The gradual disappearance of detail with low contrast subject matter

For that and a number of other reasons, lens manufacturers use a computer read out, the modulation transfer function (MTF), to better express lens performance.  Rather than giving resolution figures, the MTF is based on a fixed resolution value, giving the contrast level of the lens over the entire image area at the various f/stops.

MTF functions also rely on a test target.  Like in the example above, the target shows vertical and horizontal lines.  This is done because most lenses can distinguish fine detail better in one direction than the opposite.  This is the reason why MTF functions always show two curves, one for the sagittal test patterns and another for the tangential or meridional one.  Either one shows the lens performance starting at the center of the image and going out to the edge of the image.


50 APO M MTF
This is the MTF function of the Leica 50mm f/2 Apo-Summicron-M at f/2, f/2.8 and f/5.6
The four curve pairs show the level of contrast at 10, 20, 40 and 80 lines per millimeter resolution.
The curve at f/5.6 is an optics designer's dream, virtually flat across the top of the chart,
a performance level unrivaled by other manufacturers.

MTF chart for the AF-S DX NIKKOR 35mm f/1.8G lens 
A competitor's MTF function for a similar lens.
Please note: The function is only for 10 and 30 Lines/mm with no indication of the aperture,
and it only gives information up to about 15mm from the center.
The Leica MTF function above gives the information up to 21mm from the center

Most published MTF curves are based on a rather low resolution of 10 and 30 lines per millimeter at the most.  The same “standard” is used by most magazines and digitally published tests for their resolution figures.  It is obvious that 30 l/mm is a criterion that can be met by virtually any lens short of the bottom of a pop bottle.  So it is no wonder that the majority of the lenses tested do achieve relatively good figures; especially in view of the fact that a 100% contrast rendering is unattainable.  But even with these relatively low criteria, the much more even performance level of the Leica lenses is still revealed.  Even at maximum aperture they usually perform to levels that many other lenses do not achieve unless stopped down, if at all.   If the contrast figures were based on a resolution of 60 l/mm or even higher, it might become apparent that there are substantially greater differences among various brands of lenses than we are usually led to believe.  It must also be noted that competitors MTF functions rarely show figures all the way to the edges of the image frames. In the examples above, Leica shows results up to 21mm from the center while the competitor’s chart goes to about 15mm from the center.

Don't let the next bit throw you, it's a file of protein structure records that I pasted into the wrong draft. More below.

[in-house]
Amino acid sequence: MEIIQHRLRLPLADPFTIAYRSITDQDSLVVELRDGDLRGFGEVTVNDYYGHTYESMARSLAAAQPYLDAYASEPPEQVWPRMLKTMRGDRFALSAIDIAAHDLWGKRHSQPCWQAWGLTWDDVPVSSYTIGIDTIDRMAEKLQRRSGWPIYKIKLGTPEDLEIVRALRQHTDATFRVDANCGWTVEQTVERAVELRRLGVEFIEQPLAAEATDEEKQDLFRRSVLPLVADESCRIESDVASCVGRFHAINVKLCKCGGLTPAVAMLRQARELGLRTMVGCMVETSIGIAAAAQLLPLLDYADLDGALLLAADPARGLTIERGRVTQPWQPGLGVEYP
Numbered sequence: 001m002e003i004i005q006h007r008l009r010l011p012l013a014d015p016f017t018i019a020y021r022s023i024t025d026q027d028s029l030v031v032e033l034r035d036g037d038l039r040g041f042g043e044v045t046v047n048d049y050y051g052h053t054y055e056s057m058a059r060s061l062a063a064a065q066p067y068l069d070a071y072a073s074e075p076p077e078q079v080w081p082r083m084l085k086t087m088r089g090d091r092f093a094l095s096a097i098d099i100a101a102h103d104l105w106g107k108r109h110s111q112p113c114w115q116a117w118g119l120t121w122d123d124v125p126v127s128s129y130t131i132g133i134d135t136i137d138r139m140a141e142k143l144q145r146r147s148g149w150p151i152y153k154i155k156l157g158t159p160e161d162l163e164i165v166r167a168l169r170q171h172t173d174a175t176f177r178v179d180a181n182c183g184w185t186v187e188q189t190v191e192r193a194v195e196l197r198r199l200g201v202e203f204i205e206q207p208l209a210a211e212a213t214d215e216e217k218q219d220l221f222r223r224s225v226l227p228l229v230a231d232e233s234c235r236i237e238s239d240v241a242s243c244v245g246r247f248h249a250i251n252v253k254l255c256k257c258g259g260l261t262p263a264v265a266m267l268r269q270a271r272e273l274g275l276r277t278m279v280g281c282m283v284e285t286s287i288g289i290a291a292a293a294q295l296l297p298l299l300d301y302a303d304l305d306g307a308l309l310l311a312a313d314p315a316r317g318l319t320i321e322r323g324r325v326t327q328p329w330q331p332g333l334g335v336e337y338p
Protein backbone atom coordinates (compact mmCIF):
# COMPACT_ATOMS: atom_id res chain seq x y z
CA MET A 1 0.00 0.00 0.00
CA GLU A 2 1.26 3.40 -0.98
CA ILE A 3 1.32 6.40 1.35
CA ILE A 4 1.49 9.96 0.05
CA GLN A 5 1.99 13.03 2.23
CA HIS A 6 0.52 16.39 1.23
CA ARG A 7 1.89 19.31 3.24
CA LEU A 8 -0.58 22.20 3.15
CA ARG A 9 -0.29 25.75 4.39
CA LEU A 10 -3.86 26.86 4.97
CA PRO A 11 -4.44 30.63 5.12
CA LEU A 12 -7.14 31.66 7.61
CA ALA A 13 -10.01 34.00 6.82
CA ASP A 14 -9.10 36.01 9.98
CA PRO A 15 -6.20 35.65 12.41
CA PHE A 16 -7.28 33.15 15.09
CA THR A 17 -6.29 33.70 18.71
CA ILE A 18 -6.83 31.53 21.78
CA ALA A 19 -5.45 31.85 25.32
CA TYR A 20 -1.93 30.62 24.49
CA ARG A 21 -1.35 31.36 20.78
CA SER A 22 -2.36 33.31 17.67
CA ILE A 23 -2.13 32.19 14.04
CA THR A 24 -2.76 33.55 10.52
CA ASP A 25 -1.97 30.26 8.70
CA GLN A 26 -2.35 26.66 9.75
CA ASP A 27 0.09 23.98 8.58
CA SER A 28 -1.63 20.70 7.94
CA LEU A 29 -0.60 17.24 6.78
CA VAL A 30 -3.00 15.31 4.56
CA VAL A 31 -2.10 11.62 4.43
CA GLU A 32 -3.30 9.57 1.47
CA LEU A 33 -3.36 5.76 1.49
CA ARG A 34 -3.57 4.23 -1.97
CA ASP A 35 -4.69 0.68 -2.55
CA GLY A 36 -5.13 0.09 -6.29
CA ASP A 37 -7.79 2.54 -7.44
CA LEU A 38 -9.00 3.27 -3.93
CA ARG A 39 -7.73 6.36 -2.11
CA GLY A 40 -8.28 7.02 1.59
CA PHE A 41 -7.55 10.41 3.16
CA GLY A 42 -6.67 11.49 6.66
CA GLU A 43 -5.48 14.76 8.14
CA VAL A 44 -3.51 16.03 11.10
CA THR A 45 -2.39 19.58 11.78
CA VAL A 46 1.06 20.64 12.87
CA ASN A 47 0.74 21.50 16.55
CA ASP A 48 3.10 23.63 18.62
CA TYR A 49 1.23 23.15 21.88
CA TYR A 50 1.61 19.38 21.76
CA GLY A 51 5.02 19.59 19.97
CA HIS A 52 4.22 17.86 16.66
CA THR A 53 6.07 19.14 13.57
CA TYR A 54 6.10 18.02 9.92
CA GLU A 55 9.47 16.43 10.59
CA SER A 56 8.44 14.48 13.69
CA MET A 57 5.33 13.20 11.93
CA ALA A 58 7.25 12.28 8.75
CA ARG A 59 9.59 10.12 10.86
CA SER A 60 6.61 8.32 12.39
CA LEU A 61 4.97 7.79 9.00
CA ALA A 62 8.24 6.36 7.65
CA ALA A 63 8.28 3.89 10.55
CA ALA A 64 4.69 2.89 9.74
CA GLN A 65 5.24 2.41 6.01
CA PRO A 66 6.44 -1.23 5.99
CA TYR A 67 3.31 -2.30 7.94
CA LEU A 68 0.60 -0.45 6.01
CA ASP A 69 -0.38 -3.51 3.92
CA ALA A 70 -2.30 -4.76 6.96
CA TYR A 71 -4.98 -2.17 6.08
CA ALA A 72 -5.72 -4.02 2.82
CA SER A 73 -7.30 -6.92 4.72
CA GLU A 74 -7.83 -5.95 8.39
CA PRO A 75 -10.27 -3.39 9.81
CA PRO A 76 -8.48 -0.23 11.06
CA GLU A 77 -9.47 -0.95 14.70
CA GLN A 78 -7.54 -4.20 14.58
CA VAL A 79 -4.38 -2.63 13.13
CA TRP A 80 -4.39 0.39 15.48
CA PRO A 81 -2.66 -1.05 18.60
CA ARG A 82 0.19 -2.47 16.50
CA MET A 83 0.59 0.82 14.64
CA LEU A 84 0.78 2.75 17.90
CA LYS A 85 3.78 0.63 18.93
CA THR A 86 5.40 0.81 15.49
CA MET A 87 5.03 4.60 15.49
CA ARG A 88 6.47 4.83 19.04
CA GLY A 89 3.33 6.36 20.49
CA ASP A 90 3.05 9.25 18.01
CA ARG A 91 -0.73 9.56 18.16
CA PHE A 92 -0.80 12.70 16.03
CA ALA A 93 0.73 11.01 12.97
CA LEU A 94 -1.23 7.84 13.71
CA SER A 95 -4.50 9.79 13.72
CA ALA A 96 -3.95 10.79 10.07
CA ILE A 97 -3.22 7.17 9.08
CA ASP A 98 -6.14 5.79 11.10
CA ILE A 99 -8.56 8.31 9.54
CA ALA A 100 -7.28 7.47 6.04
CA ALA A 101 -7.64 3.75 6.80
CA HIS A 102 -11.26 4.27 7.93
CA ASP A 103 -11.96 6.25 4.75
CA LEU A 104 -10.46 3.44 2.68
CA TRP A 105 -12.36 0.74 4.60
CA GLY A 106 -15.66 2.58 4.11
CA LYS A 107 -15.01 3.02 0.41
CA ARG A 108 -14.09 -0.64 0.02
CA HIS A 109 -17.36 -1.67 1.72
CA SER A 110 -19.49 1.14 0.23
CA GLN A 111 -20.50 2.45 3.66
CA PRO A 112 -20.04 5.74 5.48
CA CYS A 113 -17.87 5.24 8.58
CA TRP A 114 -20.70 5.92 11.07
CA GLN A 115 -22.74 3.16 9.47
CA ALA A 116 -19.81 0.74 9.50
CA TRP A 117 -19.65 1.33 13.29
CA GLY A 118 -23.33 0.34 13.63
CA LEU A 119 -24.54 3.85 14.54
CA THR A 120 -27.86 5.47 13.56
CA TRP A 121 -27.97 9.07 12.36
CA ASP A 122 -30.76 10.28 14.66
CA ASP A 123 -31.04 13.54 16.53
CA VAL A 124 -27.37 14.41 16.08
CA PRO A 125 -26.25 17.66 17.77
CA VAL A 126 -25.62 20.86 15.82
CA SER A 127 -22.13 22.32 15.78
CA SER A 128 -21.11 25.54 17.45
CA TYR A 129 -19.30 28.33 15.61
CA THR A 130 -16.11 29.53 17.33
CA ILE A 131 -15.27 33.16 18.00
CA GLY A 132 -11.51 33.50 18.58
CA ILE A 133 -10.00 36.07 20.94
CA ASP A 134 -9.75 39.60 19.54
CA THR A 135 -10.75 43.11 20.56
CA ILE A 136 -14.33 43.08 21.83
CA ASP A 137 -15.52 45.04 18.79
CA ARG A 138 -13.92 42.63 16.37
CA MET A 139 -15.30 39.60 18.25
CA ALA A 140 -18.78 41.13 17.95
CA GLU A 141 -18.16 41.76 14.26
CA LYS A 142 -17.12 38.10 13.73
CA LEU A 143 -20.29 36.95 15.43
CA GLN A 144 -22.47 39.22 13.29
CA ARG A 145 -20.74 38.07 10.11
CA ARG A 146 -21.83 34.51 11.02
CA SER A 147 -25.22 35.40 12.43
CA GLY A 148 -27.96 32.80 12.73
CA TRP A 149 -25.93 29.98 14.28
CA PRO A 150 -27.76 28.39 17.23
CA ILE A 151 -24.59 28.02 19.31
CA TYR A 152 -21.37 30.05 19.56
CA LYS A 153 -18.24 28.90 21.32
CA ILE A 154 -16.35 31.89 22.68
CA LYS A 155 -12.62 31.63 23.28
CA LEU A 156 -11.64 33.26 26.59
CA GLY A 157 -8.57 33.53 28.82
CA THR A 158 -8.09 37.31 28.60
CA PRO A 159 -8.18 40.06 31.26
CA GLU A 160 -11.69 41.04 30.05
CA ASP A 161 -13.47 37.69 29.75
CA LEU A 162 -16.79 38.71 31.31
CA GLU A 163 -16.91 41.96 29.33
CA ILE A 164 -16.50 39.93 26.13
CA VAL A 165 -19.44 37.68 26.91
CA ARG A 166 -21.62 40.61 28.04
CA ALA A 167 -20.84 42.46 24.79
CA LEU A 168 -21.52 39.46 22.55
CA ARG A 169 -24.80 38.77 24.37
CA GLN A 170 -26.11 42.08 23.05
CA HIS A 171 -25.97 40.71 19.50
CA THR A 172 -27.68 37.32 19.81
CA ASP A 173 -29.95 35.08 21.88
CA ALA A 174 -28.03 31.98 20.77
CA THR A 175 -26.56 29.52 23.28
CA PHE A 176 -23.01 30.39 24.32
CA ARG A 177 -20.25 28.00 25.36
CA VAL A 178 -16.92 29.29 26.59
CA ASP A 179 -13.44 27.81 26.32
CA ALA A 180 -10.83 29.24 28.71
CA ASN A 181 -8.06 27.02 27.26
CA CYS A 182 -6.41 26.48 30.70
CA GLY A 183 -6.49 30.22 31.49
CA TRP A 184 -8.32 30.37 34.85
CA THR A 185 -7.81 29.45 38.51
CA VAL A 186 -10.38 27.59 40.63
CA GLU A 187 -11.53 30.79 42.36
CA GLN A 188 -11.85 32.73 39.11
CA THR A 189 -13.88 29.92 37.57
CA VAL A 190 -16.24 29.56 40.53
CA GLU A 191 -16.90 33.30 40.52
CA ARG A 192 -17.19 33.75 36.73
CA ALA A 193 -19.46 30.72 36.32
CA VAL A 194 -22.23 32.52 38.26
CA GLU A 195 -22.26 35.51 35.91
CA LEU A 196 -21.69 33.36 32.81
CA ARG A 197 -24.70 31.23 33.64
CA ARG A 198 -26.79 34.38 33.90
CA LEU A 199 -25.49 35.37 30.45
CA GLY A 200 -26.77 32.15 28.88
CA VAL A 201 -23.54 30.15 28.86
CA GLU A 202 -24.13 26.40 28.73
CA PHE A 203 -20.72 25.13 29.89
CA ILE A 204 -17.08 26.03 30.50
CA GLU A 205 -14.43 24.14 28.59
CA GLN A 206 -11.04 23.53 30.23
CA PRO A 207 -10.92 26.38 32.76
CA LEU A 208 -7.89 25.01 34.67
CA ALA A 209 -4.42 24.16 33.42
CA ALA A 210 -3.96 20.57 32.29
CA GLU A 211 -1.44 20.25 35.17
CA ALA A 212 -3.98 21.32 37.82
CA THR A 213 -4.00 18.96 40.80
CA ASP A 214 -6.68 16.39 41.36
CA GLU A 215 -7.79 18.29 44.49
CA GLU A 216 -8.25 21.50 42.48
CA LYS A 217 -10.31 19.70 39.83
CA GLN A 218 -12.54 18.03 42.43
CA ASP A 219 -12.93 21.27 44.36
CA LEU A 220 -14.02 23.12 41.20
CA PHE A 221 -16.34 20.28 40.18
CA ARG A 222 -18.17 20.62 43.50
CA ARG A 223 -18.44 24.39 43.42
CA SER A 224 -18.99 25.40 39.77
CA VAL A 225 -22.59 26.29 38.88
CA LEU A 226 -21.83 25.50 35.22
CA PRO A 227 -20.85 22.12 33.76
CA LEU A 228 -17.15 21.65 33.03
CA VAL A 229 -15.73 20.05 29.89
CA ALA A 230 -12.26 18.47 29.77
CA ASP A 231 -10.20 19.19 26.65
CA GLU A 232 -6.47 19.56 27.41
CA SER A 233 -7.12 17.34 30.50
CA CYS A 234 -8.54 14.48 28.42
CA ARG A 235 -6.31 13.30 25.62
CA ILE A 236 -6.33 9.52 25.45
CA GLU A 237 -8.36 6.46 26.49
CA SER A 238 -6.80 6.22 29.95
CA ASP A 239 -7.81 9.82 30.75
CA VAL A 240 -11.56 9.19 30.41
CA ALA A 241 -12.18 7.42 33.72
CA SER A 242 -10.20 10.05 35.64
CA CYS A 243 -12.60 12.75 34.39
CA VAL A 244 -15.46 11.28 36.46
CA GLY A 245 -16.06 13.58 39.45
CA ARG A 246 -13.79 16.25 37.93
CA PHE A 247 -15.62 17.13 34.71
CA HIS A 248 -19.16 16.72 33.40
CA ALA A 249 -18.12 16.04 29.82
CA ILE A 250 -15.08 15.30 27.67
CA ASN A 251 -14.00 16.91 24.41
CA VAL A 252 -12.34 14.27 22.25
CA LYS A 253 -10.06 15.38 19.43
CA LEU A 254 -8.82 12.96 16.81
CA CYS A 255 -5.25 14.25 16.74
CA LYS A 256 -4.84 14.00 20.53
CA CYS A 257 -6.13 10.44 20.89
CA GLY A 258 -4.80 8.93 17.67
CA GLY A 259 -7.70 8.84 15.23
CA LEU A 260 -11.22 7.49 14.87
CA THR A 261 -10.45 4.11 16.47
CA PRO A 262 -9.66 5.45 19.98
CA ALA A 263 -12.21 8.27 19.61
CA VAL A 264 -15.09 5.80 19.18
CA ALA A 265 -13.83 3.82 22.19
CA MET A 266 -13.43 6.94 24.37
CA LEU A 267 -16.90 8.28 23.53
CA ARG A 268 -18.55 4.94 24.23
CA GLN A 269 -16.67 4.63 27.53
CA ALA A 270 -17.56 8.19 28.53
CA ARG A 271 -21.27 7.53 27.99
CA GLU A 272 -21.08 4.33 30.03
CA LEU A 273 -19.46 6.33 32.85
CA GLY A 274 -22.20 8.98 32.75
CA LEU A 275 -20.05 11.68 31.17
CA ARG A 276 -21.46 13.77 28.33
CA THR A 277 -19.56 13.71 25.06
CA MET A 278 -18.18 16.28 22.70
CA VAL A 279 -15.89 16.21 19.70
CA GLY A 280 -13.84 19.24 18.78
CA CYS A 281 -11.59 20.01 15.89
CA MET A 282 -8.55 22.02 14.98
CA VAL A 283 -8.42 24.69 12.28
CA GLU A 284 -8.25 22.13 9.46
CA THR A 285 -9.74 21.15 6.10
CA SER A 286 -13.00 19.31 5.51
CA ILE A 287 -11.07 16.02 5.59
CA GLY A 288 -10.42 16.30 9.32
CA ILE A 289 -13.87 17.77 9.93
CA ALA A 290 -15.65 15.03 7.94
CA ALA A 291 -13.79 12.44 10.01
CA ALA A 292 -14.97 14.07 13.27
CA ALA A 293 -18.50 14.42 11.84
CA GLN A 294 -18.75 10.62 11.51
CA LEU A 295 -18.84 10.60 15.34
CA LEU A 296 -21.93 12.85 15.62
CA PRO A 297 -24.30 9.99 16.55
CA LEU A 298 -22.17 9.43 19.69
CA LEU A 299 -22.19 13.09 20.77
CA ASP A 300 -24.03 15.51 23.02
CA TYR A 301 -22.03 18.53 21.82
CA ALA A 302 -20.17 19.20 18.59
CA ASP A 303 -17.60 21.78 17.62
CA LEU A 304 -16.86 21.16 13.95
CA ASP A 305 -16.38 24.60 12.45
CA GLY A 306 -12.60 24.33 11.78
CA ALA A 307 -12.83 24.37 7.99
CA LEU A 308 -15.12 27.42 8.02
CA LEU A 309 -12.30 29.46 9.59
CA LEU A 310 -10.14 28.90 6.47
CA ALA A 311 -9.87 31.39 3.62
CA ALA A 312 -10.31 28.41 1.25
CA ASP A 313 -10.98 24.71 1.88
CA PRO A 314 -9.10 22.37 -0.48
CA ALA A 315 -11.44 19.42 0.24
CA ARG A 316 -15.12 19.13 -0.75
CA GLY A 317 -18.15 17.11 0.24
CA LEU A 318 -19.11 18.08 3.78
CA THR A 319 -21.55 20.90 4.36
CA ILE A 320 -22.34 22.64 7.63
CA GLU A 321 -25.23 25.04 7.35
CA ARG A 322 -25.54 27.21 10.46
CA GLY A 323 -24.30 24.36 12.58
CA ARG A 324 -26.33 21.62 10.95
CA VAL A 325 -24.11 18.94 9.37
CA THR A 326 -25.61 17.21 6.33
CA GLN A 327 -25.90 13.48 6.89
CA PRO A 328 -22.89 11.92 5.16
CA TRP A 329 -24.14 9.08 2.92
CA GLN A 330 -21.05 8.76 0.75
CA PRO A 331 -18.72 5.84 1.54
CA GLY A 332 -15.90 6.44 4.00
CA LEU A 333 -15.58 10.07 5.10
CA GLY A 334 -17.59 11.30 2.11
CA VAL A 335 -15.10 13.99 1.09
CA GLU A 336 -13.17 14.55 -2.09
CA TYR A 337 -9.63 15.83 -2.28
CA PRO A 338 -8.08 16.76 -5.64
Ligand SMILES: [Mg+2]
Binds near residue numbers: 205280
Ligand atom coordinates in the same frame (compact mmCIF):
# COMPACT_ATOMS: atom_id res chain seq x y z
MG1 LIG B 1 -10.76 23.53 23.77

I have often maintained that photographic magazines and websites which get the majority of their revenue from advertising, have to conduct themselves in a manner that is not detrimental to their advertisers.  Although these tests are generally very good and unbiased, they are also conducted and presented via criteria which work to the advantage of the publication's subsidizers.

I think it is (or should be) obvious that optical companies other than Leica are all very much capable of making first rate equipment.  But their merchandise is also in most cases heavily mass produced.  The bench-made process, as used by Leica, gives them a good competitive edge.  But the superiority of Leica lenses especially shows itself in extreme situations.  This includes lens performance at maximum apertures and performance under adverse conditions.  Unfortunately, published tests do not always consider this and subsequently Leica lenses often seem to be less of an advantage than generally expected.

One might also notice in the written evaluations of Leica lenses that the writers often seem to be a bit strained to avoid the overuse of superlatives.  But we have seen comments like “...the lens against which all others have to be measured (400mm Telyt)...one of the best lenses ever tested (50mm Summicron)...the closest to our test standards ever (40mm Focotar).”

 
Grinding of an aspherical lens element at Leica

Checking the surface accuracy of a lens element at Leica

In recent years aspherical lens elements have been used more and more in obtain better optical correction of lenses.  Leica has come a long way since they introduced the first commercially produced lens with aspherical elements back in 1966.  That was the original Noctiluc 50mm f/1.2.  Aspherical elements could only be manufactured with careful hand grinding and/or hand finishing, a very expensive preposition.